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The Ethics of the Life Sciences Industry: Making Company Decisions and a Plan that Demonstrate Good Business and Strong Values

By Rosemary Weghorst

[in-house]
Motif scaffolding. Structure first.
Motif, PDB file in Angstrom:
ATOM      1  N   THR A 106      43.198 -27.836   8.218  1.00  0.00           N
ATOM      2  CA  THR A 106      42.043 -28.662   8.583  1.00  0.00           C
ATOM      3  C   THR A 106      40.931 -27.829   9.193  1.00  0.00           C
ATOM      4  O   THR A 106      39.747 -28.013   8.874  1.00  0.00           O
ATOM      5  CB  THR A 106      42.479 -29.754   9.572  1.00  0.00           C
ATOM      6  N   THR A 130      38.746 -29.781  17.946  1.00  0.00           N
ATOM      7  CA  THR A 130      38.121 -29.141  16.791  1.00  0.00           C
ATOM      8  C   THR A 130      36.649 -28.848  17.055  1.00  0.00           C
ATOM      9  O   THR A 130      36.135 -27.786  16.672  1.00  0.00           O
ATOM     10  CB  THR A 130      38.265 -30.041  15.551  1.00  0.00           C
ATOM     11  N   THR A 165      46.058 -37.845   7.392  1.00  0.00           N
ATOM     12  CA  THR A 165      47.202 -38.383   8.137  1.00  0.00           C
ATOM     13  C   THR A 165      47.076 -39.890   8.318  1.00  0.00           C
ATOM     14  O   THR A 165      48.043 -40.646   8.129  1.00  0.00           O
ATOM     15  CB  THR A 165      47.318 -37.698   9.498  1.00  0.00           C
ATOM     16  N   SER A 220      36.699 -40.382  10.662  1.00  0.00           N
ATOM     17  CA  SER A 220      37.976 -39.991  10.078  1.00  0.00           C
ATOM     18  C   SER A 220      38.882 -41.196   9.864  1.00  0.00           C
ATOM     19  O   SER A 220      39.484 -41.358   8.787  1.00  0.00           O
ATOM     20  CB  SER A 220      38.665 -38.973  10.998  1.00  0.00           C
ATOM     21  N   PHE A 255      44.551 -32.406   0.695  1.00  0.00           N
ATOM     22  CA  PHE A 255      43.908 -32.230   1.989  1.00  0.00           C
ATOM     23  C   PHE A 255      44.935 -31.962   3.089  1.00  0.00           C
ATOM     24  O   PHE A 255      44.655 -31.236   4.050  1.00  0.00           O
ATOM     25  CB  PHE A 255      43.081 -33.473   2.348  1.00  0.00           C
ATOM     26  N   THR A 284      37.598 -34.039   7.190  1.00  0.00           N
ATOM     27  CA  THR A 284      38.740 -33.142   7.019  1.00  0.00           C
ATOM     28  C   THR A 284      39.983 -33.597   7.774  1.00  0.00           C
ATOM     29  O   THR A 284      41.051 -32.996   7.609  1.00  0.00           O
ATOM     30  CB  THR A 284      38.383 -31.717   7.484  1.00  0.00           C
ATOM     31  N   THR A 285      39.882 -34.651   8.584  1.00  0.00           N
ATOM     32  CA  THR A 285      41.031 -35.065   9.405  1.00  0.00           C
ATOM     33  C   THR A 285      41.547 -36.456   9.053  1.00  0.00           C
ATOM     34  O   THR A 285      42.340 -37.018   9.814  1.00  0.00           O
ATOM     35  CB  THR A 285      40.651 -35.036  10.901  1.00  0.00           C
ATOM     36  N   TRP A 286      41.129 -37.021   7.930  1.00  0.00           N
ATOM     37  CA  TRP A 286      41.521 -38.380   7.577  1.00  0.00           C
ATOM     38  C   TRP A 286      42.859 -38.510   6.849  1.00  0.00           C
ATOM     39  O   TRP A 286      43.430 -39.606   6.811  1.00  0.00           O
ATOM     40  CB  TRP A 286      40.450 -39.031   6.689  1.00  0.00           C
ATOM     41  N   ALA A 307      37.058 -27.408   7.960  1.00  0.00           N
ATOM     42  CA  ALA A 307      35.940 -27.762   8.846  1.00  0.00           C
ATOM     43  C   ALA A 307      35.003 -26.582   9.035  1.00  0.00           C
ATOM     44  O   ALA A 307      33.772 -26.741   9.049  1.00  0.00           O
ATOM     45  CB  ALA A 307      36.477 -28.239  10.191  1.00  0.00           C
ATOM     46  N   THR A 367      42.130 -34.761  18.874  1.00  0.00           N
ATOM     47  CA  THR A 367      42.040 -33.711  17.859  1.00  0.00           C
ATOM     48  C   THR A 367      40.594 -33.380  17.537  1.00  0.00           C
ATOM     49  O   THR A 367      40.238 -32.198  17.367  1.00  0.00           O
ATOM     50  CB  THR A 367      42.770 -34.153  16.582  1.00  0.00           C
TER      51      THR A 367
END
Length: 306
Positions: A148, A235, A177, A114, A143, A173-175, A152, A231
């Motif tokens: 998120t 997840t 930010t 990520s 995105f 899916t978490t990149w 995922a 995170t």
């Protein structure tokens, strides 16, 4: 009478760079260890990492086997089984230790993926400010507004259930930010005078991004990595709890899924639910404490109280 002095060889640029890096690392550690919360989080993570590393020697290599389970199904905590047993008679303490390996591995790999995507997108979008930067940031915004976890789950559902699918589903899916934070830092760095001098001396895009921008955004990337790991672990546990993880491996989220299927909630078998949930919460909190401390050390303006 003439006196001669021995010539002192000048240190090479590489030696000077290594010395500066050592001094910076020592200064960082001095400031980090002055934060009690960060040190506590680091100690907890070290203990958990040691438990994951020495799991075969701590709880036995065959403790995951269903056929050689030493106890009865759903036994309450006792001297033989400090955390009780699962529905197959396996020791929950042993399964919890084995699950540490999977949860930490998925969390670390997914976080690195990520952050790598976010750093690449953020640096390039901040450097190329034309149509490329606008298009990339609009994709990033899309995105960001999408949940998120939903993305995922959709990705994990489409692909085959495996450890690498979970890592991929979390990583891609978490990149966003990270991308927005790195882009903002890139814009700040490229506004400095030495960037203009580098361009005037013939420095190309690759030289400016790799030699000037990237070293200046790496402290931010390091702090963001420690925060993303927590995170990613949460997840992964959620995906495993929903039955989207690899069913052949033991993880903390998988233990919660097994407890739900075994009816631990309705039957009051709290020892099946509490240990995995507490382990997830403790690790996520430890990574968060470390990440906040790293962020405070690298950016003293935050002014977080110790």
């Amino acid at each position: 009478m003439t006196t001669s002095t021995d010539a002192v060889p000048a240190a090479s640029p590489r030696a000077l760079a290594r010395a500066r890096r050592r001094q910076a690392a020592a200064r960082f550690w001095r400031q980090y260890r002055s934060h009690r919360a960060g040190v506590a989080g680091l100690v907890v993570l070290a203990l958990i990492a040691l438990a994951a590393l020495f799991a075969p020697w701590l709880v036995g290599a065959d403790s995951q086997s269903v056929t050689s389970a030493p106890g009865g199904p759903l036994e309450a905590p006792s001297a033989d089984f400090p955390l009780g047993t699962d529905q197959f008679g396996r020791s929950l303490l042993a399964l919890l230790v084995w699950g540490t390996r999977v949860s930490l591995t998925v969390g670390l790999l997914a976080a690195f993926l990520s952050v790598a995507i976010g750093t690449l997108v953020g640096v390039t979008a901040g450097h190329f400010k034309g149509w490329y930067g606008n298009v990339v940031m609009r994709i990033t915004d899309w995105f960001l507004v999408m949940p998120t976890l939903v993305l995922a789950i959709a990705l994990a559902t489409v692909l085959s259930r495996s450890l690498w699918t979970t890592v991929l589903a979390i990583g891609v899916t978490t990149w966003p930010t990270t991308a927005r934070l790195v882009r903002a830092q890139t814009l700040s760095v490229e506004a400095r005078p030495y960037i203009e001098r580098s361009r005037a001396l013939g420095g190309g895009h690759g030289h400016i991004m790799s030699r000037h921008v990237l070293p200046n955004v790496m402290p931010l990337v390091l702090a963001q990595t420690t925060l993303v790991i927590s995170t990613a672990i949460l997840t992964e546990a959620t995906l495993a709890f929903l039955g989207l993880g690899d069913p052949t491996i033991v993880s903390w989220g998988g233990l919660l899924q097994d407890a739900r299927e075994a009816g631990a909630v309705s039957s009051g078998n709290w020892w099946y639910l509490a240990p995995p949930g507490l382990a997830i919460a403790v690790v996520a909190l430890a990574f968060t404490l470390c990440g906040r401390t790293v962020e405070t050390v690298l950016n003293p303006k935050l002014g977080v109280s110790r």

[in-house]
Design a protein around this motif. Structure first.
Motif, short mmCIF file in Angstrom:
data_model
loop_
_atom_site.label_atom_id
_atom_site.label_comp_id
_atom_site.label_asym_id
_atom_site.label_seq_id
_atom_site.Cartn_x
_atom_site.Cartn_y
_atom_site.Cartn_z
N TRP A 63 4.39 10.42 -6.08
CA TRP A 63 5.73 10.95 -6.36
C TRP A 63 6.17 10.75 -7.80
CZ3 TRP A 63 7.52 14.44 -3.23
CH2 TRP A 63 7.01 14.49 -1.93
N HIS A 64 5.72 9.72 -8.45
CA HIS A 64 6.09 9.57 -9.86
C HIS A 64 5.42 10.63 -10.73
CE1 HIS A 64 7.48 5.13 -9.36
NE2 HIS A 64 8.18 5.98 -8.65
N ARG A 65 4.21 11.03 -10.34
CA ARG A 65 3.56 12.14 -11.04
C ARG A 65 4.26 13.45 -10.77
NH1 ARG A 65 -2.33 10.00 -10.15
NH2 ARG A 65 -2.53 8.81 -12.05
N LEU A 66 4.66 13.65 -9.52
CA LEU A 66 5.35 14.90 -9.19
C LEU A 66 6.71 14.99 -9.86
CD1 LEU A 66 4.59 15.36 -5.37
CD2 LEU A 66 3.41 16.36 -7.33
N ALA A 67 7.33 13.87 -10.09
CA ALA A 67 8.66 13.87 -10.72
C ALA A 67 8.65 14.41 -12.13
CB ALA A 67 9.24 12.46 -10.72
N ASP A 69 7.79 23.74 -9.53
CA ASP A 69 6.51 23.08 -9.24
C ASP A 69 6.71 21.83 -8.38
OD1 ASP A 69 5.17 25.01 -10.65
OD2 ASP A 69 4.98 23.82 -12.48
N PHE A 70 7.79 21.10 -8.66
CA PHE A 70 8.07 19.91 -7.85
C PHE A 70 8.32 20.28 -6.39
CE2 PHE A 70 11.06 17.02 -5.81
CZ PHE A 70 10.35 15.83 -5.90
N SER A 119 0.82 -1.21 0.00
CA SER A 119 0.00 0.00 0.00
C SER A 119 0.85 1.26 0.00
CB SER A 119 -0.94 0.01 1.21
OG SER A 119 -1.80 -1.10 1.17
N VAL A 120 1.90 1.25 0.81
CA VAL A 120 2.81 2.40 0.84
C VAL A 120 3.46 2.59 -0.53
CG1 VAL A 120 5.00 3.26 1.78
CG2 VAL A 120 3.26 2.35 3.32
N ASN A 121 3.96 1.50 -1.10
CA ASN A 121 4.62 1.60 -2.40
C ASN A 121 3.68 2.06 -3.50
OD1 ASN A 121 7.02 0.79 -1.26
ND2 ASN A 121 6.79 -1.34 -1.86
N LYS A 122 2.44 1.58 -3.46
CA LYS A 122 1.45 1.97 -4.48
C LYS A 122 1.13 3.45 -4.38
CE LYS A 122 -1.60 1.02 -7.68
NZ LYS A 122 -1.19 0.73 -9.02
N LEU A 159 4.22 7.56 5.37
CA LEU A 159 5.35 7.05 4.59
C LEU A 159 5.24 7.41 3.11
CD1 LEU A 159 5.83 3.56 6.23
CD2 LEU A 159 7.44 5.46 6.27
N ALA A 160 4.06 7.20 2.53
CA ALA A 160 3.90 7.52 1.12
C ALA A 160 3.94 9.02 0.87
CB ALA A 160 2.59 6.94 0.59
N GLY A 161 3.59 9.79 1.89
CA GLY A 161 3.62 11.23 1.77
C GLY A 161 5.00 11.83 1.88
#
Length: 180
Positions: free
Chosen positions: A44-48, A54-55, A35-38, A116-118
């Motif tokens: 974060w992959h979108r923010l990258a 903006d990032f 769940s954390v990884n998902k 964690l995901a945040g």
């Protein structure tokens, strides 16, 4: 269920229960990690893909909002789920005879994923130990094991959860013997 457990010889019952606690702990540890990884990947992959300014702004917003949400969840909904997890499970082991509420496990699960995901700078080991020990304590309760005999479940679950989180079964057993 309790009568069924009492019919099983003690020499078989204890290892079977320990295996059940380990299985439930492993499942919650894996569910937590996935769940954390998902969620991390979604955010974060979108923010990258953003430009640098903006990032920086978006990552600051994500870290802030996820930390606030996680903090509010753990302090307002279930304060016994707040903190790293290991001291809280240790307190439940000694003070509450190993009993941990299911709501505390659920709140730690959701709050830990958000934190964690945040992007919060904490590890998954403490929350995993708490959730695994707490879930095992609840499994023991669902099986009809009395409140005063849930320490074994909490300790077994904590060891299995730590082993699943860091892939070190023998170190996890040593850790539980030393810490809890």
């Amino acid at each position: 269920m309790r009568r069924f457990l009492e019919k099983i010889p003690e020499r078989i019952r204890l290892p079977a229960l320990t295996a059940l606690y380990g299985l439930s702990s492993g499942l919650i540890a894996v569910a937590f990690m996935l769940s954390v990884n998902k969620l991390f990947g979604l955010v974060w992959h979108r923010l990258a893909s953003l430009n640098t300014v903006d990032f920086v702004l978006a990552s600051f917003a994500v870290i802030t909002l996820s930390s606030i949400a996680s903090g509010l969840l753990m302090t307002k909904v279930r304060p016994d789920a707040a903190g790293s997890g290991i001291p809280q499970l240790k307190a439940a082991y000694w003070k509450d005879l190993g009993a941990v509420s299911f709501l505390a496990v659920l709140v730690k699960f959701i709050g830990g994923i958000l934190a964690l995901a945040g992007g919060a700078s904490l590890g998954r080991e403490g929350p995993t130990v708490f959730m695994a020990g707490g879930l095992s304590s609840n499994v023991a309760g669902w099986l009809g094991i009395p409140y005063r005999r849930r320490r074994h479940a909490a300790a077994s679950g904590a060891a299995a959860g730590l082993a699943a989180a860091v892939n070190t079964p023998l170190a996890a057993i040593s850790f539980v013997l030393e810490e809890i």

In today’s market, pharmaceutical, medical device, and biotech companies straddle two worlds. In one world, they are driven by a public need to ensure access to a safe product at an affordable price. In another world, companies are driven by a competitive and capitalistic market to increase profit and market share while lowering costs. These two worlds do not have to be in conflict, but they sometimes are, and those conflicts can drive an ethical perception of an organization. The 2013 Harris poll in the United States indicated that American consumer perceptions of the pharmaceutical industry had gone down: only 10 percent of American consumers believed that the pharmaceutical industry was trustworthy (down from 13 percent in 2003), and were considered less trustworthy than other regulated industries, such as banking (18 percent) and public utilities (14 percent). In addition, 39 percent of survey respondents indicated that they wanted to see more government regulation in the pharmaceutical industry.

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